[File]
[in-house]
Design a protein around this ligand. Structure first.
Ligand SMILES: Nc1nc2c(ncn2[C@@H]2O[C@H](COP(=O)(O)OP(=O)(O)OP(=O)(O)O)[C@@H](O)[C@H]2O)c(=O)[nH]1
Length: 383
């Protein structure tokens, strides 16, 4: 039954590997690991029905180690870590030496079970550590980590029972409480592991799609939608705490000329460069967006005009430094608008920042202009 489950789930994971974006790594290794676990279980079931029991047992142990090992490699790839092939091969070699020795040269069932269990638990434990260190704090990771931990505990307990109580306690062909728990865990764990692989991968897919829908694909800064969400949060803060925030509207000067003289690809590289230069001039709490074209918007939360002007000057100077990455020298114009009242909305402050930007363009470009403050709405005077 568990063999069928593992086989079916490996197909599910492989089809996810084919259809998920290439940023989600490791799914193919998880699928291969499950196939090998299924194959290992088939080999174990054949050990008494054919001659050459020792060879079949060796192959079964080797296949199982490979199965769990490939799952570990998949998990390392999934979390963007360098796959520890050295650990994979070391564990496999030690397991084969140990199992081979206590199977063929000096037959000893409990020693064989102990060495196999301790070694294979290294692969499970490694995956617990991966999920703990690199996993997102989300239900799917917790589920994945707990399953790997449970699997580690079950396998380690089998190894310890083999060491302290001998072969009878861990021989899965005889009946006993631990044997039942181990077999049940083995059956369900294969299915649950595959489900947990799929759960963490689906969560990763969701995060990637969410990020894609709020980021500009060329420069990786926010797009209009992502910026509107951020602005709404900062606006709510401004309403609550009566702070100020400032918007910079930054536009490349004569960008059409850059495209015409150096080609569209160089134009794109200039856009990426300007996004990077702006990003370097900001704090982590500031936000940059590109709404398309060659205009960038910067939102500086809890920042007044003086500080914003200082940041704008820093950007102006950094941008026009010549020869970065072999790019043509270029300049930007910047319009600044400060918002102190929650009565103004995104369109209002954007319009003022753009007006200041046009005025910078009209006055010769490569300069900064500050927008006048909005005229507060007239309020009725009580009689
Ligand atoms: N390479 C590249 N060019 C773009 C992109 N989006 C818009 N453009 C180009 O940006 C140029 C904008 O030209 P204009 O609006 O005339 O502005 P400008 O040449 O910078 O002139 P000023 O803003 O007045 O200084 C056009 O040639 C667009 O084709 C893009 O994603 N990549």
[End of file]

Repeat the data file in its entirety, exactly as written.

[in-house]
Design a protein around this ligand. Structure first.
Ligand SMILES: Nc1nc2c(ncn2[C@@H]2O[C@H](COP(=O)(O)OP(=O)(O)OP(=O)(O)O)[C@@H](O)[C@H]2O)c(=O)[nH]1
Length: 383
């Protein structure tokens, strides 16, 4: 039954590997690991029905180690870590030496079970550590980590029972409480592991799609939608705490000329460069967006005009430094608008920042202009 489950789930994971974006790594290794676990279980079931029991047992142990090992490699790839092939091969070699020795040269069932269990638990434990260190704090990771931990505990307990109580306690062909728990865990764990692989991968897919829908694909800064969400949060803060925030509207000067003289690809590289230069001039709490074209918007939360002007000057100077990455020298114009009242909305402050930007363009470009403050709405005077 568990063999069928593992086989079916490996197909599910492989089809996810084919259809998920290439940023989600490791799914193919998880699928291969499950196939090998299924194959290992088939080999174990054949050990008494054919001659050459020792060879079949060796192959079964080797296949199982490979199965769990490939799952570990998949998990390392999934979390963007360098796959520890050295650990994979070391564990496999030690397991084969140990199992081979206590199977063929000096037959000893409990020693064989102990060495196999301790070694294979290294692969499970490694995956617990991966999920703990690199996993997102989300239900799917917790589920994945707990399953790997449970699997580690079950396998380690089998190894310890083999060491302290001998072969009878861990021989899965005889009946006993631990044997039942181990077999049940083995059956369900294969299915649950595959489900947990799929759960963490689906969560990763969701995060990637969410990020894609709020980021500009060329420069990786926010797009209009992502910026509107951020602005709404900062606006709510401004309403609550009566702070100020400032918007910079930054536009490349004569960008059409850059495209015409150096080609569209160089134009794109200039856009990426300007996004990077702006990003370097900001704090982590500031936000940059590109709404398309060659205009960038910067939102500086809890920042007044003086500080914003200082940041704008820093950007102006950094941008026009010549020869970065072999790019043509270029300049930007910047319009600044400060918002102190929650009565103004995104369109209002954007319009003022753009007006200041046009005025910078009209006055010769490569300069900064500050927008006048909005005229507060007239309020009725009580009689
Ligand atoms: N390479 C590249 N060019 C773009 C992109 N989006 C818009 N453009 C180009 O940006 C140029 C904008 O030209 P204009 O609006 O005339 O502005 P400008 O040449 O910078 O002139 P000023 O803003 O007045 O200084 C056009 O040639 C667009 O084709 C893009 O994603 N990549």